Perhaps There Are No Bad Jews, but There Certainly Are Bad Books about Them

In Bad Jews: A History of American Jewish Politics and Identities, the New Statesman’s Emily Tamkin explores American Jews’ “ever-evolving relationship to the nation’s culture and identity, and each other,” as the publisher’s blurb has it. Tal Fortgang writes in his review:

Neither systematic enough to be a serious work of history nor bold enough to work as a pop-sociological provocation, Bad Jews is a book about Jewish identity marked by several identity crises. It wants to be critical of the Jews she clearly thinks are “bad,” but it’s committed to treating all things as equally Jewish; it wants to analyze the particularistic while maintaining Tamkin’s universalistic bona fides; it aims for objectivity but slides into hackneyed leftism without realizing. What it ends up doing is either trailing off before each story ends or reciting the kind of pablum you would expect from a mediocre progressive candidate for public office when asked what her Jewishness means to her.

Trendy activist language eventually seeps through. [Tamkin] frequently fixates on the importance of “whiteness,” but toggles between treating it as a legal, cultural, racial, or other category. Her bible is a 1998 book called How Jews Became White Folks and What That Says about Race in America, as if a UCLA anthropologist named Karen Brodkin provided the world with the definitive history of the Jewish-American experience, and as if her readers could not seriously challenge that “whiteness,” whatever it is, is the force that moves all of American history.

Tamkin’s brand of emotivist universalism . . . knows only two modes: solidarity with victims and iconoclastic rage at villains. It cannot bear the thought of heroic Jews who are neither.

Read more at Commentary

More about: American Jewish History, American Jewry

The ICJ’s Vice-President Explains What’s Wrong with Its Recent Ruling against Israel

It should be obvious to anyone with even rudimentary knowledge of the Gaza war that Israel is not committing genocide there, or anything even remotely akin to it. In response to such spurious accusations, it’s often best to focus on the mockery they make of international law itself, or on how Israel can most effectively combat them. Still, it is also worth stopping to consider the legal case on its own terms. No one has done this quite so effectively, to my knowledge, as the Ugandan jurist Julia Sebutinde, who is the vice-president of the ICJ and the only one of its judges to rule unequivocally in Israel’s favor both in this case and in the previous one where it found accusations of genocide “plausible.”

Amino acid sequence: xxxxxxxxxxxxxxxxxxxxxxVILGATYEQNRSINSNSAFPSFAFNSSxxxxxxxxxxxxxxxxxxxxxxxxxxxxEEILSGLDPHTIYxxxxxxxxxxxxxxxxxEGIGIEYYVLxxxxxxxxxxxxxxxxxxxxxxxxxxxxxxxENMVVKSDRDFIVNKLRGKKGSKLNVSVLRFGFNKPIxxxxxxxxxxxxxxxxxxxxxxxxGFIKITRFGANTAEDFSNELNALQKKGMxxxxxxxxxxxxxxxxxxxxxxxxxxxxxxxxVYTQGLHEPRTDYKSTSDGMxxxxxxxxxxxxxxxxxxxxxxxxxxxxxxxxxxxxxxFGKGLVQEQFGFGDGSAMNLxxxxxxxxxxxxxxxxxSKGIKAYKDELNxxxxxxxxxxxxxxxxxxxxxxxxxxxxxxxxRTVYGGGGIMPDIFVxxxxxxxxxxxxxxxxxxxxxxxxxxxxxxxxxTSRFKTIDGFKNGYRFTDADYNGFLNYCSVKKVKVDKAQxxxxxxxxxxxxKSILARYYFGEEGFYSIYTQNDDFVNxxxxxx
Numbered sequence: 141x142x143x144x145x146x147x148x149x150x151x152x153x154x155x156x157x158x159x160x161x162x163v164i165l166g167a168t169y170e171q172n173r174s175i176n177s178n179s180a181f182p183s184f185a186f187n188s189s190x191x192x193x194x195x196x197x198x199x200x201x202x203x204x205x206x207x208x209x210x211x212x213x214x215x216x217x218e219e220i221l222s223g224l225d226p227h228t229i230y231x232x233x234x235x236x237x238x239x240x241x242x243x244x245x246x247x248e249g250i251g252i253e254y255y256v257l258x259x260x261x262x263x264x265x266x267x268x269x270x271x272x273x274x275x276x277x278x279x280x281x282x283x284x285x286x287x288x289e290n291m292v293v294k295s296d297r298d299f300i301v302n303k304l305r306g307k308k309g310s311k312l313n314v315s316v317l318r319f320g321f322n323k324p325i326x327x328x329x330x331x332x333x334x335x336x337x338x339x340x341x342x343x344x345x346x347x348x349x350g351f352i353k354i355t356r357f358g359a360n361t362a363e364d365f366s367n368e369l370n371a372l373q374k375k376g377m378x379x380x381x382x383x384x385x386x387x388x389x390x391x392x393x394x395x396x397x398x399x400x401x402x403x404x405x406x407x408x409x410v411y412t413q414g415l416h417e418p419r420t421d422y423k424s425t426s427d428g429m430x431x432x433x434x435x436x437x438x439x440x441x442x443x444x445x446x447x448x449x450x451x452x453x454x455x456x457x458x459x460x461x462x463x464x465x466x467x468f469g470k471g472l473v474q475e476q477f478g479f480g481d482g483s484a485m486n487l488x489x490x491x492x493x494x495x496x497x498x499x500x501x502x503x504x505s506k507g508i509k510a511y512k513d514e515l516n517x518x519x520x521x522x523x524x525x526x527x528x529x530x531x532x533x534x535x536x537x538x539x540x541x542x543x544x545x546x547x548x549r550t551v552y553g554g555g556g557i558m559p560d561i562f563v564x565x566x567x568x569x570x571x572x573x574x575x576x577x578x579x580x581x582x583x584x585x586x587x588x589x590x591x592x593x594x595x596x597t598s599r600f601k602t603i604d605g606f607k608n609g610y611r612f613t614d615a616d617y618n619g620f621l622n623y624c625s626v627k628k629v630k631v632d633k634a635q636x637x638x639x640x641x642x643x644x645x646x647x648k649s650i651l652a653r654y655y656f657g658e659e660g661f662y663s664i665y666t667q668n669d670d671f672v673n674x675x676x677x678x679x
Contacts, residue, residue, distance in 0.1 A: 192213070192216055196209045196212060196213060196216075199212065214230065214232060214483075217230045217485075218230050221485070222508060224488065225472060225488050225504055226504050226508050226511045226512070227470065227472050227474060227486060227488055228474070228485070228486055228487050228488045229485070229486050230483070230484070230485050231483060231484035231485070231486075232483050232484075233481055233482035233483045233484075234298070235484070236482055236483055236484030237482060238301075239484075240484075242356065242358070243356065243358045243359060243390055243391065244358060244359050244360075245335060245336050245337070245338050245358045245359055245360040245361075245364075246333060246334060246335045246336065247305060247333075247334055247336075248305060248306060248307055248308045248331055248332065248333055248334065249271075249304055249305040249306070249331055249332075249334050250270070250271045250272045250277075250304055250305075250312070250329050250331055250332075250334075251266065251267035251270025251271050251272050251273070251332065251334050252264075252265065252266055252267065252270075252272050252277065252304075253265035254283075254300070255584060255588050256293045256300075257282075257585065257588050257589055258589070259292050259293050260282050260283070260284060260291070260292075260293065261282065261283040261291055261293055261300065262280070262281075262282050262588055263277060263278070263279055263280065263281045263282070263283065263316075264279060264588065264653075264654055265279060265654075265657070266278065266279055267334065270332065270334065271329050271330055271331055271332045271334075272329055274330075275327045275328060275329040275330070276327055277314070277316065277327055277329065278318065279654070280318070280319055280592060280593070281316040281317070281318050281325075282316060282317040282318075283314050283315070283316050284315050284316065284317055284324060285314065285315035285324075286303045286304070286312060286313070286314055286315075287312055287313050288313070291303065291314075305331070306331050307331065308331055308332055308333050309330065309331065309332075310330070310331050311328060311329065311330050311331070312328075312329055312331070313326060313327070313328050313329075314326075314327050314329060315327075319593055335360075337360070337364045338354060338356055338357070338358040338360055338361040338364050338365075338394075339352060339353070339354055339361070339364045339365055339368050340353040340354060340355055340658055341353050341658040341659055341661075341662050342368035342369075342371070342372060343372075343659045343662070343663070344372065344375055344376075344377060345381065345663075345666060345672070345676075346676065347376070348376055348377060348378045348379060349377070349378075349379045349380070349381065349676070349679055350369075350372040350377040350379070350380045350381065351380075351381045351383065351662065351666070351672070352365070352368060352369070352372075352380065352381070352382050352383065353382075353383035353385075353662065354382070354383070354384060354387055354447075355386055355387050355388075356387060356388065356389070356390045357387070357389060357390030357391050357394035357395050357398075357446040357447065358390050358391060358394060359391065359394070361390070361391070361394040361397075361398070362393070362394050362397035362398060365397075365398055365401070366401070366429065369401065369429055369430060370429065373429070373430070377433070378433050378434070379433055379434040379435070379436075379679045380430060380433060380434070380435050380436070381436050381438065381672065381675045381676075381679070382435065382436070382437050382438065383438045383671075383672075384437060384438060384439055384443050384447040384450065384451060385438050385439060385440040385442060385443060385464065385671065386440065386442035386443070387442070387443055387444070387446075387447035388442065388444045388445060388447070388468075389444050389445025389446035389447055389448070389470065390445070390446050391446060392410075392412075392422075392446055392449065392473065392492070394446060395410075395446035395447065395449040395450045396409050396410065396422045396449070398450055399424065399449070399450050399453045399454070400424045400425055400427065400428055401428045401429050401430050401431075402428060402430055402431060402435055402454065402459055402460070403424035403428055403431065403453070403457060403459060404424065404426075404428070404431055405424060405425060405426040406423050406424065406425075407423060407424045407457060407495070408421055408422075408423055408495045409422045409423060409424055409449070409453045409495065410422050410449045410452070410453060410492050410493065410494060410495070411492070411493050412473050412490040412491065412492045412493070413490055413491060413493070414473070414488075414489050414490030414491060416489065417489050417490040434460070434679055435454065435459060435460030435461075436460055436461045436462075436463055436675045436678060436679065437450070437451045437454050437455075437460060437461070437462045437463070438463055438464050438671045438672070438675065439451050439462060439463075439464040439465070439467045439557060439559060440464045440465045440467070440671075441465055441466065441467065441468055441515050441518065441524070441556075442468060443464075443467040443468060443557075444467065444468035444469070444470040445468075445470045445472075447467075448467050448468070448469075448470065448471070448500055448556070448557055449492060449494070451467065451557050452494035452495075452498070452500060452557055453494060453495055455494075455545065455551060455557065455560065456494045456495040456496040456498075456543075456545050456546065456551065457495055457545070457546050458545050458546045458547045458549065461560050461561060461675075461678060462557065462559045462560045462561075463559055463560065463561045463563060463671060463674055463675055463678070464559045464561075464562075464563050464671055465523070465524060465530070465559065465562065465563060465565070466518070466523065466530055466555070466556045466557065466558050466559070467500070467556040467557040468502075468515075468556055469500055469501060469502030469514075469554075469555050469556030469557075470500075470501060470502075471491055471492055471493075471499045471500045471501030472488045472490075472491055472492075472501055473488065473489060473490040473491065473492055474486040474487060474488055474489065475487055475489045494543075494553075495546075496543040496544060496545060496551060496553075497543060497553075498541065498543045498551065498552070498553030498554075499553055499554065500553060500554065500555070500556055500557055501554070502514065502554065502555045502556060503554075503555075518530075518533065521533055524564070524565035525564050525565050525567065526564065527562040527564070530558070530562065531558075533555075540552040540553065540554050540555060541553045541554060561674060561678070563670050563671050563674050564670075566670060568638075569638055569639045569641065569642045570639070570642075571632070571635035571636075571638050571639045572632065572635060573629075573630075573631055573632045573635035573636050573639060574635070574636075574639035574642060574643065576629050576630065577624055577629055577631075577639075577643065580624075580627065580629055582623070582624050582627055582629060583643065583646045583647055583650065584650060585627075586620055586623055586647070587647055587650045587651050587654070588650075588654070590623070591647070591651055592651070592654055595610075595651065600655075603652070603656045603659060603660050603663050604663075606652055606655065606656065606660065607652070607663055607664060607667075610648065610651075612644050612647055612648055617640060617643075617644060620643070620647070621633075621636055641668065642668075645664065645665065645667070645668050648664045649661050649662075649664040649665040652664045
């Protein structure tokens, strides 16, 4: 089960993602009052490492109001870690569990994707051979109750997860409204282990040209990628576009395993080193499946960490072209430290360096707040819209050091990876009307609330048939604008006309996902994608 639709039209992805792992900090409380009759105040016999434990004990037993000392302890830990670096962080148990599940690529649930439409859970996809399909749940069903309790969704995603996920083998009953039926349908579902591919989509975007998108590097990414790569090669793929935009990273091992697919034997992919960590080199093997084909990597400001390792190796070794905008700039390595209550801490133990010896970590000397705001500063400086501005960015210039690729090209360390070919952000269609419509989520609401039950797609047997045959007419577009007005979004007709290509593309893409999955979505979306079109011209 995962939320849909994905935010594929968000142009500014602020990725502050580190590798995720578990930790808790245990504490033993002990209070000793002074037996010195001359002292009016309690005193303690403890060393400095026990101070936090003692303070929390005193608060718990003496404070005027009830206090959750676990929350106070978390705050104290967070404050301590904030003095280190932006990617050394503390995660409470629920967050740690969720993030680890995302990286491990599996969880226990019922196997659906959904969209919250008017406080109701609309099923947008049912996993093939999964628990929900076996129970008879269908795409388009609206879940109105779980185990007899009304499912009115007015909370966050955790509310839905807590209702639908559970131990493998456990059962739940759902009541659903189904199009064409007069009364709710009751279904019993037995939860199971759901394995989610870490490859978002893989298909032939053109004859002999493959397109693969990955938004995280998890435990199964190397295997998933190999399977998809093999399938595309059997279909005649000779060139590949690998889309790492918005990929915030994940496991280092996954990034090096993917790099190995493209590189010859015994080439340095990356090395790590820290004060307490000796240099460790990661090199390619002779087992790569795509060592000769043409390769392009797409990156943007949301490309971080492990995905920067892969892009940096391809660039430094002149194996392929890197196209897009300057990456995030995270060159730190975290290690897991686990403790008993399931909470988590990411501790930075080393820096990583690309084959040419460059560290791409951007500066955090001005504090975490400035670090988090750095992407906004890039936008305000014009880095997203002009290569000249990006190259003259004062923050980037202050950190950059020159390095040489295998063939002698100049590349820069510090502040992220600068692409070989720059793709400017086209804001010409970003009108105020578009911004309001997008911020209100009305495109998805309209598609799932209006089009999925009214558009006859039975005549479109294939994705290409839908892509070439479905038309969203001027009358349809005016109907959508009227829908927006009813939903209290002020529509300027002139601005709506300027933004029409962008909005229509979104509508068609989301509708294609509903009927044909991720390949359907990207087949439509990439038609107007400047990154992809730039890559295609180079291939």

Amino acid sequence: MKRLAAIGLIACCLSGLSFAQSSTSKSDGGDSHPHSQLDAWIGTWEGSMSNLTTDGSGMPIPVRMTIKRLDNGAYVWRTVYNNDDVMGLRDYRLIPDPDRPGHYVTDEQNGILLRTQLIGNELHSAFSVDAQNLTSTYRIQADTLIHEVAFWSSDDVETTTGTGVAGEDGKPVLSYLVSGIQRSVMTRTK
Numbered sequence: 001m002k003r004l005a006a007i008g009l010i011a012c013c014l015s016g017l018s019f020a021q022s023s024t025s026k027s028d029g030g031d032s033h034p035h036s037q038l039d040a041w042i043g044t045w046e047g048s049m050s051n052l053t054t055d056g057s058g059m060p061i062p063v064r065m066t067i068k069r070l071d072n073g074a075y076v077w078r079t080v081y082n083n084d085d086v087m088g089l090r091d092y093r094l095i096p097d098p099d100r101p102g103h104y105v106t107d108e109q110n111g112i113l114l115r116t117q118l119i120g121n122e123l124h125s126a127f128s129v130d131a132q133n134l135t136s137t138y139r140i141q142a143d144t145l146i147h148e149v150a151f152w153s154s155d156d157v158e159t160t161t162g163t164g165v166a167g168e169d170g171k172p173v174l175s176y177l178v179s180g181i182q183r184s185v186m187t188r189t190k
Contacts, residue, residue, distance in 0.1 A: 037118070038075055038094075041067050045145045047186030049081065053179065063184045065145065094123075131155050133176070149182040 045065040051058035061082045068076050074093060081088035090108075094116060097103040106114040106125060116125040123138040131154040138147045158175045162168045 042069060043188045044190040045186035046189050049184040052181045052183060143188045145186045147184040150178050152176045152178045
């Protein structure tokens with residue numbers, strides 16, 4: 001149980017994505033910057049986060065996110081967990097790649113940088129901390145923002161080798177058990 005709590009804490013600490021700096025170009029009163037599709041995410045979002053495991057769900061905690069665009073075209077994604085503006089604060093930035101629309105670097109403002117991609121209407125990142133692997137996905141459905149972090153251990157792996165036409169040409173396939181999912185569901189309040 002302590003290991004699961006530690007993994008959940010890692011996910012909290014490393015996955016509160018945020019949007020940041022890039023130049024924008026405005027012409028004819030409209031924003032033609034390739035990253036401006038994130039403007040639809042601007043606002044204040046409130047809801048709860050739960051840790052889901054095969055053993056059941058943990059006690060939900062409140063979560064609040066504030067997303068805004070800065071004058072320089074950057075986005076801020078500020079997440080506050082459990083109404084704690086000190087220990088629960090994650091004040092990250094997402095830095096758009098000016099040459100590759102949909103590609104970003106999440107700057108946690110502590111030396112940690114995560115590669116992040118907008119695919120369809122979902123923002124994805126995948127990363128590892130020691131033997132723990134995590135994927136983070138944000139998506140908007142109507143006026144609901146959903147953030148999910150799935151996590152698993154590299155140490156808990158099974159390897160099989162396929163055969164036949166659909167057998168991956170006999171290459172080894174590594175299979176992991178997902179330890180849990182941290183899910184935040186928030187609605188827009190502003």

Sebutinde begins by questioning the appropriateness of the court ruling on this issue at all:

Once again, South Africa has invited the Court to micromanage the conduct of hostilities between Israel and Hamas. Such hostilities are exclusively governed by the laws of war (international humanitarian law) and international human-rights law, areas where the Court lacks jurisdiction in this case.

The Court should also avoid trying to enforce its own orders. . . . Is the Court going to reaffirm its earlier provisional measures every time a party runs to it with allegations of a breach of its provisional measures? I should think not.

Sebutinde also emphasizes the absurdity of hearing this case after Israel has taken “multiple concrete actions” to alleviate the suffering of Gazan civilians since the ICJ’s last ruling. In fact, she points out, “the evidence actually shows a gradual improvement in the humanitarian situation in Gaza since the Court’s order.” She brings much evidence in support of these points.

She concludes her dissent by highlighting the procedural irregularities of the case, including a complete failure to respect the basic rights of the accused:

I find it necessary to note my serious concerns regarding the manner in which South Africa’s request and incidental oral hearings were managed by the Court, resulting in Israel not having sufficient time to file its written observations on the request. In my view, the Court should have consented to Israel’s request to postpone the oral hearings to the following week to allow for Israel to have sufficient time to fully respond to South Africa’s request and engage counsel. Regrettably, as a result of the exceptionally abbreviated timeframe for the hearings, Israel could not be represented by its chosen counsel, who were unavailable on the dates scheduled by the Court.

It is also regrettable that Israel was required to respond to a question posed by a member of the Court over the Jewish Sabbath. The Court’s decisions in this respect bear upon the procedural equality between the parties and the good administration of justice by the Court.

Read more at International Court of Justice

More about: Gaza War 2023, ICC, International Law